News / Africa

Nigerians in US Rally for Kidnapped Girls Back Home

Nigerians in US Rally for Kidnapped Girls Back Homei
X
Mariama Diallo
May 07, 2014 1:22 AM
The threat by the Islamist militant group Boko Haram to sell the scores of school girls it says it kidnapped three weeks ago has sparked outrage around the world and prompted calls for action. In the U.S., rallies were held Tuesday in Washington and New York to press for their freedom. VOA's Mariama Diallo reports.
Mariama Diallo
The threat by the Islamist militant group Boko Haram to sell the scores of school girls it says it kidnapped three weeks ago has sparked outrage around the world and prompted calls for action. 

The United States says it will send a team of experts to Nigeria to help in the search for the more than 250 girls and Britain is offering help as well.  Eight more girls were reported kidnapped this week.

Meanwhile, rallies were held Tuesday in Washington and New York to press for their freedom.
 
They marched and brandished signs in front of the Nigerian Embassy in Washington, calling for action.
 
Nicole Lee, a human rights lawyer, said just because the kidnapping happened in Nigeria doesn’t mean people shouldn’t care.
Crowds demand efforts increase to find kidnapped girls in Nigeria, in front of the Nigerian embassy in Washington, May 6, 2014. (Mariama Diallo/VOA)Crowds demand efforts increase to find kidnapped girls in Nigeria, in front of the Nigerian embassy in Washington, May 6, 2014. (Mariama Diallo/VOA)
x
Crowds demand efforts increase to find kidnapped girls in Nigeria, in front of the Nigerian embassy in Washington, May 6, 2014. (Mariama Diallo/VOA)
Crowds demand efforts increase to find kidnapped girls in Nigeria, in front of the Nigerian embassy in Washington, May 6, 2014. (Mariama Diallo/VOA)

 
“Everybody, no matter what our race or citizenship, needs to really care and understand that if it can happen there, it can happen here. Human trafficking is all over the planet,” said Lee. 
 
Nigerian Omolola Adele-Oso, the lead organizer of Tuesday's rally, called on her government to do more.
 
“It’s your responsibility to keep your citizens safe. It’s also the responsibility of the government that everyone should get a fair education and not live in fear,” said Adele-Oso.
 
In a video released Monday, Boko Haram leader Abubaker Shekau claimed responsibility for the mid-April abduction of several hundred school girls and threatened to sell them.
 
"Just because I took some little girls in [getting a] Western education, everybody is making noise… I took the girls and I will sell them off," he threatened.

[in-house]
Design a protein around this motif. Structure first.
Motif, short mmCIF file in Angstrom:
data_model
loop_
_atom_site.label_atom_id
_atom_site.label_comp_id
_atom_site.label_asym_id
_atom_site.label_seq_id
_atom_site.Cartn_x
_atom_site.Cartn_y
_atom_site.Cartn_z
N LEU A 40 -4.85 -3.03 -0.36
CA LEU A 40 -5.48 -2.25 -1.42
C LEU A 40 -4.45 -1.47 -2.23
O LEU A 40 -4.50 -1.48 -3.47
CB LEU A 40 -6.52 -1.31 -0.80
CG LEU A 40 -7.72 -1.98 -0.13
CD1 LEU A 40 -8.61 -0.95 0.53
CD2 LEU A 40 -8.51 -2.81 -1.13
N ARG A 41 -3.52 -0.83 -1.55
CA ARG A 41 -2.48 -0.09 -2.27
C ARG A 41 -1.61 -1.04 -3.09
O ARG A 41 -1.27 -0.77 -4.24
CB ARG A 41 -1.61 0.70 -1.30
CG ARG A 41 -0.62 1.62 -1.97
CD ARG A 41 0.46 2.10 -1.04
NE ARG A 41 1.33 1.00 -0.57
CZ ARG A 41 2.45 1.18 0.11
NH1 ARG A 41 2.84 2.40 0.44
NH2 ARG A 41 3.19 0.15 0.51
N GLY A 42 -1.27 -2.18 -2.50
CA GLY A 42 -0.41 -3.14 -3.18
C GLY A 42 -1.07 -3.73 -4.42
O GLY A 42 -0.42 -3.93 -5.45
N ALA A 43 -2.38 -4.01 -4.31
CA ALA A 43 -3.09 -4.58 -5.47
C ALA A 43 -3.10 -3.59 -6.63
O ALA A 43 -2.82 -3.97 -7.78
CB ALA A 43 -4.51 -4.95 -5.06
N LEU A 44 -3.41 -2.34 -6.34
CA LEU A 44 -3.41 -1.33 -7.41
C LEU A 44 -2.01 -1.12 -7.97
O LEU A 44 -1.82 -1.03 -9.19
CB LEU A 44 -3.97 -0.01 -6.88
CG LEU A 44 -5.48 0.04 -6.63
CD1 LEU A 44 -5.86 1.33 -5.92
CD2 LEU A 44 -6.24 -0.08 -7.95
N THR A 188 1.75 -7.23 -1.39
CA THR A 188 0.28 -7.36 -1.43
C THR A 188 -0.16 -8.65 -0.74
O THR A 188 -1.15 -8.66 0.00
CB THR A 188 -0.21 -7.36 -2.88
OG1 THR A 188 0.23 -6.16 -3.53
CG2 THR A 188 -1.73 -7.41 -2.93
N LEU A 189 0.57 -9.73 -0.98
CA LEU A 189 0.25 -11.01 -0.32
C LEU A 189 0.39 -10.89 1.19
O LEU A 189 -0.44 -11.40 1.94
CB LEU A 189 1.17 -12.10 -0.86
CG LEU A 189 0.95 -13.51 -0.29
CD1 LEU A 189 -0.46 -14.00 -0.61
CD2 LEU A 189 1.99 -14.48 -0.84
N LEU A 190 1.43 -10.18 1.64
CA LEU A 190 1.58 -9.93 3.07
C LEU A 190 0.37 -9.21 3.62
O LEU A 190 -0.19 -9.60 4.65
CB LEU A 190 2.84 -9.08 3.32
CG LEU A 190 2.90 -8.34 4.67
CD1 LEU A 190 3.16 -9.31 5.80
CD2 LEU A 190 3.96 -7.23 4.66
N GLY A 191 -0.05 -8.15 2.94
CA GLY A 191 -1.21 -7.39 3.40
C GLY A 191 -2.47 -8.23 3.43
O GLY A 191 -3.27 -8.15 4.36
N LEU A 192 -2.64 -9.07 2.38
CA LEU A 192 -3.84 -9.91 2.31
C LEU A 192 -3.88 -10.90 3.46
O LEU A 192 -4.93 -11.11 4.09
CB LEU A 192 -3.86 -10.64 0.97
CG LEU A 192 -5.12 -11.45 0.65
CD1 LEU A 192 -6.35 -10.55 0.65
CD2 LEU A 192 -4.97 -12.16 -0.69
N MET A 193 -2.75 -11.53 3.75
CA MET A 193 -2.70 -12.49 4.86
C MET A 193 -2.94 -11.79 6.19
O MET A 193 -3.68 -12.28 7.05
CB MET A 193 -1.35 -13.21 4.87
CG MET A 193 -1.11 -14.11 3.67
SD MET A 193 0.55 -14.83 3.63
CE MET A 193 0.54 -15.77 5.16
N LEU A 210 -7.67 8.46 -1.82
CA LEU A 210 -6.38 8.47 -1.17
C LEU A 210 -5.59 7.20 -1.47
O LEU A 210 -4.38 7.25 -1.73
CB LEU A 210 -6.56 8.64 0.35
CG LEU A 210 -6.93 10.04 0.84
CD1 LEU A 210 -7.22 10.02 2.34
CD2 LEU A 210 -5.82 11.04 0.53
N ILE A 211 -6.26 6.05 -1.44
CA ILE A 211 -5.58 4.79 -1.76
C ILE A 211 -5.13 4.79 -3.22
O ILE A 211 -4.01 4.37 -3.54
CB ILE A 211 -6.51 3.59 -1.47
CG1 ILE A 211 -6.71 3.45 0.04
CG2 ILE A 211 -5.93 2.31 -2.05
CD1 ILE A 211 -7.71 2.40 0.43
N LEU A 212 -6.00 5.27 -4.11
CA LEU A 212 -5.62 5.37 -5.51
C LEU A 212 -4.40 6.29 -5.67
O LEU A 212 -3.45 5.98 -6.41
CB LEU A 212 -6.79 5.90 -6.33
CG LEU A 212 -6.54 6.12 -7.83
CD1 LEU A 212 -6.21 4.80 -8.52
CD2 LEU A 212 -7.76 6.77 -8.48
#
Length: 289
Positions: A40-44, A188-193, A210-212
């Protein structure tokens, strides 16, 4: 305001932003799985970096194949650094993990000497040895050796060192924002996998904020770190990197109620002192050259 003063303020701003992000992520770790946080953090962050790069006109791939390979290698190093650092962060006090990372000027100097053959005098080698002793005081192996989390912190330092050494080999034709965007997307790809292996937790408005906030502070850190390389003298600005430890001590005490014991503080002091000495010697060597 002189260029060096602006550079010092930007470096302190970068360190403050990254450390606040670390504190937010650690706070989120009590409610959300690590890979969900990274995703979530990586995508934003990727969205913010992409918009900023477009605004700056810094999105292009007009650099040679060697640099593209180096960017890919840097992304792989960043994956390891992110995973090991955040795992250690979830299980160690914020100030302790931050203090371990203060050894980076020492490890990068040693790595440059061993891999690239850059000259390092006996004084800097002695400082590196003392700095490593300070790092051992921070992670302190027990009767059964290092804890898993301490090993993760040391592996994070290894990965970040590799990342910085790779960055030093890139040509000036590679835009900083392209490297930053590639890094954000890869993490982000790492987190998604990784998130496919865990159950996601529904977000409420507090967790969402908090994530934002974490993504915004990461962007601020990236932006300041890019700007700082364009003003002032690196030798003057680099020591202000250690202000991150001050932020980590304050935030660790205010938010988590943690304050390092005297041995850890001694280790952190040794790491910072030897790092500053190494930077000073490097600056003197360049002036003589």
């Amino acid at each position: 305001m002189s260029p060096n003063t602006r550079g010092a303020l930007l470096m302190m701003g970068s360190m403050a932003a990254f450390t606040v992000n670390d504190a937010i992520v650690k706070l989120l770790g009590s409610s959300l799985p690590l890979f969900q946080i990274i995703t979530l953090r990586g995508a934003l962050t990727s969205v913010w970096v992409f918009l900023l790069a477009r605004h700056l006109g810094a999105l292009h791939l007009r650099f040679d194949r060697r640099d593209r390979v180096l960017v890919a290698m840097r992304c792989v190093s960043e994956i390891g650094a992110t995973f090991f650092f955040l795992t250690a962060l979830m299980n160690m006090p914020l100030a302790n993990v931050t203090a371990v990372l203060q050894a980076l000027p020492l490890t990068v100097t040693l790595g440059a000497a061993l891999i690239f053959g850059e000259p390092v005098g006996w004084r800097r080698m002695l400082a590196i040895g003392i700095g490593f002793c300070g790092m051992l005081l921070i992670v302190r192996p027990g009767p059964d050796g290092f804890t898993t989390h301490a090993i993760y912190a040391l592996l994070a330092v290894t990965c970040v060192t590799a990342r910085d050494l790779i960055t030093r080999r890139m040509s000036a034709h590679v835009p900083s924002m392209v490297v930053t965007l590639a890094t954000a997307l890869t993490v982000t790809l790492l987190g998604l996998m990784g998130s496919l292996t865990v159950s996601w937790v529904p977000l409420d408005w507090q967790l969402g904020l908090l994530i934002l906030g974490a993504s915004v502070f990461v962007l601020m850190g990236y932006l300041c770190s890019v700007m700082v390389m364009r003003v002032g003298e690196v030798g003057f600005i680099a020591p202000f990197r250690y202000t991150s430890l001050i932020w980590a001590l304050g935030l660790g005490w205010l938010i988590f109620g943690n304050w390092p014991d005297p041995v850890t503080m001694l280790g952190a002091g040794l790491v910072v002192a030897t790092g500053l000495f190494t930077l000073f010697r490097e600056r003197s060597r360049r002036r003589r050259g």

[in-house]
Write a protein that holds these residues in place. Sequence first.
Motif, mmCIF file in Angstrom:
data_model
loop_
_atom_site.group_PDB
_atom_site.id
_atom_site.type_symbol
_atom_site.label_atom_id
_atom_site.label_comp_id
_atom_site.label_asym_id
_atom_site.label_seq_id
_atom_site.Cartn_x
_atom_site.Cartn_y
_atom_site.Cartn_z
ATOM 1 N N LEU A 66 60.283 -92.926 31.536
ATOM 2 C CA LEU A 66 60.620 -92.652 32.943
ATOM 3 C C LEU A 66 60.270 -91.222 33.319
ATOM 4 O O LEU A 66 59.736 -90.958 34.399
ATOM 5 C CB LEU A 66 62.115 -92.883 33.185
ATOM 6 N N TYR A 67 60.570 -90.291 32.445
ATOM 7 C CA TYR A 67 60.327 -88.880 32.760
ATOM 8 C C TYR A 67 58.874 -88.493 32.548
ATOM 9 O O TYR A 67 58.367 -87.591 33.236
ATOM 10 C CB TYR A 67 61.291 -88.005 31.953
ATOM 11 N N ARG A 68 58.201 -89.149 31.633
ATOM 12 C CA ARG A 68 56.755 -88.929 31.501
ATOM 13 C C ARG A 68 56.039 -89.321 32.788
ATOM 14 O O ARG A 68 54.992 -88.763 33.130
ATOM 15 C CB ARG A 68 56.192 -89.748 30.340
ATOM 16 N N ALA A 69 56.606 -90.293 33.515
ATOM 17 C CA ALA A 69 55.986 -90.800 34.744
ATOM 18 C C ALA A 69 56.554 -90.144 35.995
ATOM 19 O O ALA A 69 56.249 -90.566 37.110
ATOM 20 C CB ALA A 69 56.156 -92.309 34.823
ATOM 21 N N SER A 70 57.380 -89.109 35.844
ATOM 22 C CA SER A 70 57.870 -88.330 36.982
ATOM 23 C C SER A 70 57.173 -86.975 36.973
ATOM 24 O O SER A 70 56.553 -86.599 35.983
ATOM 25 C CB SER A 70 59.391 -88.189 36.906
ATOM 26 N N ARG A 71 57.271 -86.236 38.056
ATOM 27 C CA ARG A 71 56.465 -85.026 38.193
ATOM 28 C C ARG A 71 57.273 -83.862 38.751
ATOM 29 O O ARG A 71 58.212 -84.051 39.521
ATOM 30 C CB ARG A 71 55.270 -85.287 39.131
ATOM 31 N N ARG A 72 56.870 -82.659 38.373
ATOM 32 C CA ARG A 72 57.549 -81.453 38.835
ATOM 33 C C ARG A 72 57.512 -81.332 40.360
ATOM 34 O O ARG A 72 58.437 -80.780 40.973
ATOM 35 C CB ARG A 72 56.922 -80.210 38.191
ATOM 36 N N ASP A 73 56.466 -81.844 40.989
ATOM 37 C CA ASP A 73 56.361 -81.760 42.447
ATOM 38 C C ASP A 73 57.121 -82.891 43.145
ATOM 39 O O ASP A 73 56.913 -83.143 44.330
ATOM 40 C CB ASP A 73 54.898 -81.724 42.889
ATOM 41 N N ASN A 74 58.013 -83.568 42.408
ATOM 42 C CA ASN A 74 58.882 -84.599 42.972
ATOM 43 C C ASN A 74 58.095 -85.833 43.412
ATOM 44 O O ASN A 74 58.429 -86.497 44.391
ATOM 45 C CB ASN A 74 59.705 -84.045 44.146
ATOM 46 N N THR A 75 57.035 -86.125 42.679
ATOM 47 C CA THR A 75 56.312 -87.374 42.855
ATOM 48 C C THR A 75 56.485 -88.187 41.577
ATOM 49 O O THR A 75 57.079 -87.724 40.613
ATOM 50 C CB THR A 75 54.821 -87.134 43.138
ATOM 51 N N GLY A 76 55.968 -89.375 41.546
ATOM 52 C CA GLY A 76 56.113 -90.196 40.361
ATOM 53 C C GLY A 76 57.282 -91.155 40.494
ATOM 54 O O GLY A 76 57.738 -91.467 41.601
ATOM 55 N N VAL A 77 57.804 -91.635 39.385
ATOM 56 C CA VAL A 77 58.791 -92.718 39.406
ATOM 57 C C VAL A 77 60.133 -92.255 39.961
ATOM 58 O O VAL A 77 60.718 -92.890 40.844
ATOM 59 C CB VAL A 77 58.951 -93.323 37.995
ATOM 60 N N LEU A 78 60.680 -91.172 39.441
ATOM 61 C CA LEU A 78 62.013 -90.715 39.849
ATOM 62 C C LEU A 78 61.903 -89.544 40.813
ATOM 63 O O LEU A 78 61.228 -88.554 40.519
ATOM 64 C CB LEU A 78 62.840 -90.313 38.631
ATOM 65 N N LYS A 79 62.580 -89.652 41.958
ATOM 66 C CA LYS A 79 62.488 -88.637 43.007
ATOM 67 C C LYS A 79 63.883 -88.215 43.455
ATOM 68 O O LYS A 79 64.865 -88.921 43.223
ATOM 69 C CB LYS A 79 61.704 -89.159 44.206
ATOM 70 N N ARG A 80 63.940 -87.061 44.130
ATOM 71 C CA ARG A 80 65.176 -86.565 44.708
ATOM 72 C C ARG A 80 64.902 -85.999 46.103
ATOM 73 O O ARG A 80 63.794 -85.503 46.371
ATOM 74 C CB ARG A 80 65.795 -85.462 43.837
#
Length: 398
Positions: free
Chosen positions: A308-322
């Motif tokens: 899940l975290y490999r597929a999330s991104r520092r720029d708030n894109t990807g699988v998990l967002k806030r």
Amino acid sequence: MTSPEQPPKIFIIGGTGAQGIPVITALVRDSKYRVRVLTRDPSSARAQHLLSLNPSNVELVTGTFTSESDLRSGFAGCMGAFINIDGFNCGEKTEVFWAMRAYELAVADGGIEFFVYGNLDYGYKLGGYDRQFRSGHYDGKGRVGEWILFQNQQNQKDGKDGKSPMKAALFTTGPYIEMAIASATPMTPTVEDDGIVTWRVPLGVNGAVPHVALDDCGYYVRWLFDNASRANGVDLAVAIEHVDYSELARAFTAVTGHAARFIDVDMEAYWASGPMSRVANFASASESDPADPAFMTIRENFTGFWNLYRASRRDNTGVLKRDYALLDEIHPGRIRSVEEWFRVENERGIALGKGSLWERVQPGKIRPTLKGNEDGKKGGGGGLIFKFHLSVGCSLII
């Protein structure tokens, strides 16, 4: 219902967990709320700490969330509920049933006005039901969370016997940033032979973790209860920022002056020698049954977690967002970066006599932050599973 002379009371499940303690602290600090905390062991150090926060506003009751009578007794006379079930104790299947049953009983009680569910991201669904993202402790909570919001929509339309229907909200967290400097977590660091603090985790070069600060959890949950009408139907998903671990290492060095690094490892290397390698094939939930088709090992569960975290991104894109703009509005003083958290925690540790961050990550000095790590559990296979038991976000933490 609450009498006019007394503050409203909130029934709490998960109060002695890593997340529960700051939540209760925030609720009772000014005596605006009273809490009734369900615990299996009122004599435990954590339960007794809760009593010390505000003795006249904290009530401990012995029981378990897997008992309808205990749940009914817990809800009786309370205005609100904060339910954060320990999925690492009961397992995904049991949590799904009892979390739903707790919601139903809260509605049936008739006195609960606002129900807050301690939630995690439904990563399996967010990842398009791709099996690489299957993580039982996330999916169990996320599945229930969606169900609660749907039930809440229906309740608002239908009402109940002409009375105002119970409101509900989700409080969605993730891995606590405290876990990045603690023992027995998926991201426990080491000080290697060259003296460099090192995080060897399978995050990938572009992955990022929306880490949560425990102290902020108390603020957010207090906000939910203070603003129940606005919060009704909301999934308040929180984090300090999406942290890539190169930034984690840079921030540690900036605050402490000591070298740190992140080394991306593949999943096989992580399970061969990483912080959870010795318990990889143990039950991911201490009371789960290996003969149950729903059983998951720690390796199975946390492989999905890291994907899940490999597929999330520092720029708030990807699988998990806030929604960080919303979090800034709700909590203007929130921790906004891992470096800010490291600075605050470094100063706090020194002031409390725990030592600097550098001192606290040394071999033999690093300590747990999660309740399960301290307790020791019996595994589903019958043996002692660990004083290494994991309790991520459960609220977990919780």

The announcement dismayed relatives and generated widespread outrage.  U.S. Secretary of State John Kerry said Tuesday he spoke to Nigerian President Goodluck Jonathan and promised help.
 
“Our embassy in Abuja is prepared to form a coordination cell to provide expertise on intelligence and hostage negotiations and to help facilitate information sharing and victim assistance. President Jonathan was very happy to receive this offer and is ready to move on it immediately,” said Kerry.
 
Yet some Nigerians have been critical of the government, saying President Jonathan's administration has not done enough to secure the girls' release. 
 
And for Nigerians living abroad, the frustration of feeling helpless is tangible. At a New York rally, there were more calls for action. Bukola Oreofe, executive director of the Nigeria Democratic Liberty Forum was among the participants.
 
“What [President Jonathan] has to do is summon his security agencies, his armed forces, the intelligence agencies and go after Boko Haram,” said Oreofe.
 
Nigeria just recently became Africa's biggest economy; outpacing South Africa’s. It hoped to highlight the sub-Saharan country's potential investment destination as it prepares to host its first World Economic Forum in a few days. But the event will most likely be overshadowed by the recent bombings and kidnapping incidents by the militant group Boko Haram. Right now what's trending on social media is not the WEF but the hashtag #BringBackOurGirls.

You May Like

UN Ambassador Power Highlights Plight of Women Prisoners

She launches the 'Free the 20' campaign, aimed at profiling women being deprived of their freedom around the world More

Satellite Launch Sparks Spectacular Light Show

A slight delay in a satellite launch lit up the Florida sky early this morning More

Fleeing IS Killings in Syria, Family Reaches Bavaria

Exhausted, scared and under-nourished, Khalil and Maha's tale mirrors those of thousands of refugees from war-torn countries who have left their homes in the hopes of finding a better life More

This forum has been closed.
Comment Sorting
Comments
     
by: Godwin from: Nigeria
May 07, 2014 1:58 PM
What a foolish joke to say he will sell the girls off on the market. Are they puppies, kids, kitten or chicken? They are not even babies, they are adults or semi adults, how can they be sold any way without them finding their ways back home? What I think is there is something going on in the globe which the ordinary eye cannot quickly see: the abduction in Nigeria is just one of the most horrendous of them in that the girls are taken alive and not presented as an accident mid sea but has a semblance of an aircraft that just disappeared mid air.